Doing it With Style: The Story of the Smuggler

Note: This is article is based on the developer blog by Hall Hood, a senior writer for SWTOR. For his blog, check out the official site.

Ah, the Smuggler; debonair and flashy as always. If you’re a teen or in your 20’s, then your mom probably got Han Solo posters on her wall back in the 708’s and 80’s. That could have been the case then since smugglers exude with wit and charm.  Guys like Han Solo know they have these; and they use these to get a hold of what they want – which may be legal or not really. Whether it’s the girl or smuggled arms, they find a way to get it for themselves. There are occasions though wherein their methods may seem questionable to others – but one must remember that they aren’t affiliated with either the Republic or the Empire. Smugglers go for what they want by any means necessary. That’s just how they roll.

Unlike the Jedis who are prohibited to engage in romance, Smugglers get plenty of this in SWTOR. The Smuggler’s tale is filled with conquests of love (or just plain womanizing). They’re the ones who get the girl(s). So if you want your personal Leah, you might as well go for these guys. Since they’re suave like that, smugglers are also the game’s bucket of humor. Witty one-liners abound when you play as a Smuggler; and you may find these even in the direst of situations.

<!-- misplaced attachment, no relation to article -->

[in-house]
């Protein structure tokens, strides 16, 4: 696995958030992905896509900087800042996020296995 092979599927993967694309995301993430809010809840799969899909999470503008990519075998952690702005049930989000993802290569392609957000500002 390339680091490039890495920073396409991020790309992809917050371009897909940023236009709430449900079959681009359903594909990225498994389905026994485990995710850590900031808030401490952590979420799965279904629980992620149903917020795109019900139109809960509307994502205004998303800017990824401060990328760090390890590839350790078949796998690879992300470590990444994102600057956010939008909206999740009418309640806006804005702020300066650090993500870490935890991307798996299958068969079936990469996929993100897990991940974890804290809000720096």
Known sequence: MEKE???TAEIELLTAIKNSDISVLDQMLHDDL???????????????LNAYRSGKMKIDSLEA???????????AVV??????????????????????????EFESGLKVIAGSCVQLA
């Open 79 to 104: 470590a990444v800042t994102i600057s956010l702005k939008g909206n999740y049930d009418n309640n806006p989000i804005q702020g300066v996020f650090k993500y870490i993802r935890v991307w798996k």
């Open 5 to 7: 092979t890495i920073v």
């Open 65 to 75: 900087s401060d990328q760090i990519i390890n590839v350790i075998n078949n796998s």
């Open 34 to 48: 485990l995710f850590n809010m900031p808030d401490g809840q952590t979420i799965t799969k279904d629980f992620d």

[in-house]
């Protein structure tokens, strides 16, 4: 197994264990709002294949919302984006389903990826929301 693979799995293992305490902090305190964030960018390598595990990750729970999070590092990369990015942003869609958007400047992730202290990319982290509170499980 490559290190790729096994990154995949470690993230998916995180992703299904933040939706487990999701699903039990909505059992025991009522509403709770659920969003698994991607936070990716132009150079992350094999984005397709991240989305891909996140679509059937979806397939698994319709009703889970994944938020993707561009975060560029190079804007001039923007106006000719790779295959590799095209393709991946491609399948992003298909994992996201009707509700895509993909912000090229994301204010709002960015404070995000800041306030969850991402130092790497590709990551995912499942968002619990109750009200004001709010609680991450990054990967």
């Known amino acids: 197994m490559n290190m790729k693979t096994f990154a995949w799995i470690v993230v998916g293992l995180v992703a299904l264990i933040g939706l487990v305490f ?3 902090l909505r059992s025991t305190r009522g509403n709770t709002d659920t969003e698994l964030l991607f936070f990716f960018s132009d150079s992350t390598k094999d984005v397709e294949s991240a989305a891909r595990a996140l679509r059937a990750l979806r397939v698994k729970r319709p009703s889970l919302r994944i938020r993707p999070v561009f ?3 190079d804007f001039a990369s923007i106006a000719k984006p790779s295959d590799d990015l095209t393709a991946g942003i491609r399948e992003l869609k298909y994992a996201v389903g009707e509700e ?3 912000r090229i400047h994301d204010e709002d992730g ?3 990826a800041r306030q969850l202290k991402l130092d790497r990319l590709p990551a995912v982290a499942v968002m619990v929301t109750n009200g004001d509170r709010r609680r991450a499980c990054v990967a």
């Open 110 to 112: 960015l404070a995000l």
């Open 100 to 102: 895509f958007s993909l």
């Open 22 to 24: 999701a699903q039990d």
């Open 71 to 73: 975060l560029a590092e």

But besides being romancers and comedians, Smugglers are also quite the adventurers. And they’ve got it better than the Jedis or the Troopers since it’s not their duty to go questing –hence, they get paid for it. Although I stated that they are neither a member of the Republic or the Empire, they prefer to work with the Republic since they find Imperials a bit on the creepy side. I mean, who would want to work for weirdos who spend their whole day practicing dark rituals? Plus, when the Republic uses their services, they get paid good.

But since is your story, not every Smuggler needs to be all about the moolah. You can choose to be the hero of the oppressed and be their Robin Hood or something. In this case, having friends will offset the earning of less cash since everyone loves a goody-goody Smuggler. And it’s always nice to have someone watching your back when you’re not looking – like Chewie did for Han Solo.

So whether you choose to become the benevolent icon of the masses or use your skills to get yourself a mansion in the capital, you’re going to have a grand time wreaking havoc in the galaxy with your smuggler. And you’re going to be wreaking havoc in style.


The Ascendance: The Story of the Sith Inquisitor

Note: This is article is based on the developer blog by Rebecca Harwick, one of the writers for SWTOR. For her blog, check out the official site.